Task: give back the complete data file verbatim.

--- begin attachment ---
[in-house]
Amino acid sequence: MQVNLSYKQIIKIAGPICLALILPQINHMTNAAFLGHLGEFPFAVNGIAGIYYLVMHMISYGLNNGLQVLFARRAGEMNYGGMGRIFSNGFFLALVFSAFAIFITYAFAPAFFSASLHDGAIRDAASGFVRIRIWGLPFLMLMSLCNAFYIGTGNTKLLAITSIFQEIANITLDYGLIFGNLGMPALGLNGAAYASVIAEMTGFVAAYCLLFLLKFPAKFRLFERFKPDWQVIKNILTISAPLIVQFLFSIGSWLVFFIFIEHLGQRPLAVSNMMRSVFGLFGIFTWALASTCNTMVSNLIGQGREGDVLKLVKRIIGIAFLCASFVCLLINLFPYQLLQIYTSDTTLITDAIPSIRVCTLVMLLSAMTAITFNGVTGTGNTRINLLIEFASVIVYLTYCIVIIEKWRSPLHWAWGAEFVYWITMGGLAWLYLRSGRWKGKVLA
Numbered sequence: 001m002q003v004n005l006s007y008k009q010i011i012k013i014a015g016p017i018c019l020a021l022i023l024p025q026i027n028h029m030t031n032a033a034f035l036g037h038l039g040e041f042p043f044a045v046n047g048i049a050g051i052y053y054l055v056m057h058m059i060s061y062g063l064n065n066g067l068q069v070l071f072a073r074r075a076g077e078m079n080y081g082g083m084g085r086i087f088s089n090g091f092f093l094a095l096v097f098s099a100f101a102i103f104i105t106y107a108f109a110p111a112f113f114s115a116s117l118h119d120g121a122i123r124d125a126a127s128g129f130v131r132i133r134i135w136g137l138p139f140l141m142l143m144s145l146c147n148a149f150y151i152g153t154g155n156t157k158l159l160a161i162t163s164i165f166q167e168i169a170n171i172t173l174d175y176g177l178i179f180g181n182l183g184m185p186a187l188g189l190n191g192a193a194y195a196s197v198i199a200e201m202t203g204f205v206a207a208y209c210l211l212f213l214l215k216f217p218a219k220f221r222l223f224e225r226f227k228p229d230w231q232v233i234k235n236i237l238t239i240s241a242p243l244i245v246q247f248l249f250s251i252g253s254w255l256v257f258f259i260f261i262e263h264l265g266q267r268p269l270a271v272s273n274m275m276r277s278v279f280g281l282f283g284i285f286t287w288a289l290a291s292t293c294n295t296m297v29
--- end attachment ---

[in-house]
Amino acid sequence: MQVNLSYKQIIKIAGPICLALILPQINHMTNAAFLGHLGEFPFAVNGIAGIYYLVMHMISYGLNNGLQVLFARRAGEMNYGGMGRIFSNGFFLALVFSAFAIFITYAFAPAFFSASLHDGAIRDAASGFVRIRIWGLPFLMLMSLCNAFYIGTGNTKLLAITSIFQEIANITLDYGLIFGNLGMPALGLNGAAYASVIAEMTGFVAAYCLLFLLKFPAKFRLFERFKPDWQVIKNILTISAPLIVQFLFSIGSWLVFFIFIEHLGQRPLAVSNMMRSVFGLFGIFTWALASTCNTMVSNLIGQGREGDVLKLVKRIIGIAFLCASFVCLLINLFPYQLLQIYTSDTTLITDAIPSIRVCTLVMLLSAMTAITFNGVTGTGNTRINLLIEFASVIVYLTYCIVIIEKWRSPLHWAWGAEFVYWITMGGLAWLYLRSGRWKGKVLA
Numbered sequence: 001m002q003v004n005l006s007y008k009q010i011i012k013i014a015g016p017i018c019l020a021l022i023l024p025q026i027n028h029m030t031n032a033a034f035l036g037h038l039g040e041f042p043f044a045v046n047g048i049a050g051i052y053y054l055v056m057h058m059i060s061y062g063l064n065n066g067l068q069v070l071f072a073r074r075a076g077e078m079n080y081g082g083m084g085r086i087f088s089n090g091f092f093l094a095l096v097f098s099a100f101a102i103f104i105t106y107a108f109a110p111a112f113f114s115a116s117l118h119d120g121a122i123r124d125a126a127s128g129f130v131r132i133r134i135w136g137l138p139f140l141m142l143m144s145l146c147n148a149f150y151i152g153t154g155n156t157k158l159l160a161i162t163s164i165f166q167e168i169a170n171i172t173l174d175y176g177l178i179f180g181n182l183g184m185p186a187l188g189l190n191g192a193a194y195a196s197v198i199a200e201m202t203g204f205v206a207a208y209c210l211l212f213l214l215k216f217p218a219k220f221r222l223f224e225r226f227k228p229d230w231q232v233i234k235n236i237l238t239i240s241a242p243l244i245v246q247f248l249f250s251i252g253s254w255l256v257f258f259i260f261i262e263h264l265g266q267r268p269l270a271v272s273n274m275m276r277s278v279f280g281l282f283g284i285f286t287w288a289l290a291s292t293c294n295t296m297v29